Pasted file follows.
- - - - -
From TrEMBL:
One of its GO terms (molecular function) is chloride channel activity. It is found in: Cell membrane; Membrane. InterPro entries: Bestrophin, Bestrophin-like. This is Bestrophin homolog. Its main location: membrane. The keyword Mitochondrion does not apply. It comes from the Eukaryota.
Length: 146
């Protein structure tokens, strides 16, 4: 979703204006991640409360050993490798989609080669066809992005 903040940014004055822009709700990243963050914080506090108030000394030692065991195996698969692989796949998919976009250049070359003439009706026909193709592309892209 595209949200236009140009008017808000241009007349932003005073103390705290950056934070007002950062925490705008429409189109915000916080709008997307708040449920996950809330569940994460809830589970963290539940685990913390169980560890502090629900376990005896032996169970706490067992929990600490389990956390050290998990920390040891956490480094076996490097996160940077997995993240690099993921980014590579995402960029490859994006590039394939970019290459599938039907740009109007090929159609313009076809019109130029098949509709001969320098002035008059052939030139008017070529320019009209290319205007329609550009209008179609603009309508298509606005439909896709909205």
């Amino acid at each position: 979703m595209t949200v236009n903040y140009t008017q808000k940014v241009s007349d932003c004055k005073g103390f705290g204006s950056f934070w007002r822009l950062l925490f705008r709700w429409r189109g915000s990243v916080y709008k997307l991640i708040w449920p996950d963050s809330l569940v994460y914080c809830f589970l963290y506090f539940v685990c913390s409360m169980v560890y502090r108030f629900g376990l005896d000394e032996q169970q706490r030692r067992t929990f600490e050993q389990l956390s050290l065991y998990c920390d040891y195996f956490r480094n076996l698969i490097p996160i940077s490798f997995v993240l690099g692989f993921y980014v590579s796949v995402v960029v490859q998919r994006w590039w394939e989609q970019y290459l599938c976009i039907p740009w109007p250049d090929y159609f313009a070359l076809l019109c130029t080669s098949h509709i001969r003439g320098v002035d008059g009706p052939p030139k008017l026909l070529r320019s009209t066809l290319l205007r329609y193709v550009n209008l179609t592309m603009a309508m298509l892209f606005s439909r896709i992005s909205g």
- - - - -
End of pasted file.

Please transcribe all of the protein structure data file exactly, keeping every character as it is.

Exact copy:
From TrEMBL:
One of its GO terms (molecular function) is chloride channel activity. It is found in: Cell membrane; Membrane. InterPro entries: Bestrophin, Bestrophin-like. This is Bestrophin homolog. Its main location: membrane. The keyword Mitochondrion does not apply. It comes from the Eukaryota.
Length: 146
């Protein structure tokens, strides 16, 4: 979703204006991640409360050993490798989609080669066809992005 903040940014004055822009709700990243963050914080506090108030000394030692065991195996698969692989796949998919976009250049070359003439009706026909193709592309892209 595209949200236009140009008017808000241009007349932003005073103390705290950056934070007002950062925490705008429409189109915000916080709008997307708040449920996950809330569940994460809830589970963290539940685990913390169980560890502090629900376990005896032996169970706490067992929990600490389990956390050290998990920390040891956490480094076996490097996160940077997995993240690099993921980014590579995402960029490859994006590039394939970019290459599938039907740009109007090929159609313009076809019109130029098949509709001969320098002035008059052939030139008017070529320019009209290319205007329609550009209008179609603009309508298509606005439909896709909205």
């Amino acid at each position: 979703m595209t949200v236009n903040y140009t008017q808000k940014v241009s007349d932003c004055k005073g103390f705290g204006s950056f934070w007002r822009l950062l925490f705008r709700w429409r189109g915000s990243v916080y709008k997307l991640i708040w449920p996950d963050s809330l569940v994460y914080c809830f589970l963290y506090f539940v685990c913390s409360m169980v560890y502090r108030f629900g376990l005896d000394e032996q169970q706490r030692r067992t929990f600490e050993q389990l956390s050290l065991y998990c920390d040891y195996f956490r480094n076996l698969i490097p996160i940077s490798f997995v993240l690099g692989f993921y980014v590579s796949v995402v960029v490859q998919r994006w590039w394939e989609q970019y290459l599938c976009i039907p740009w109007p250049d090929y159609f313009a070359l076809l019109c130029t080669s098949h509709i001969r003439g320098v002035d008059g009706p052939p030139k008017l026909l070529r320019s009209t066809l290319l205007r329609y193709v550009n209008l179609t592309m603009a309508m298509l892209f606005s439909r896709i992005s909205g």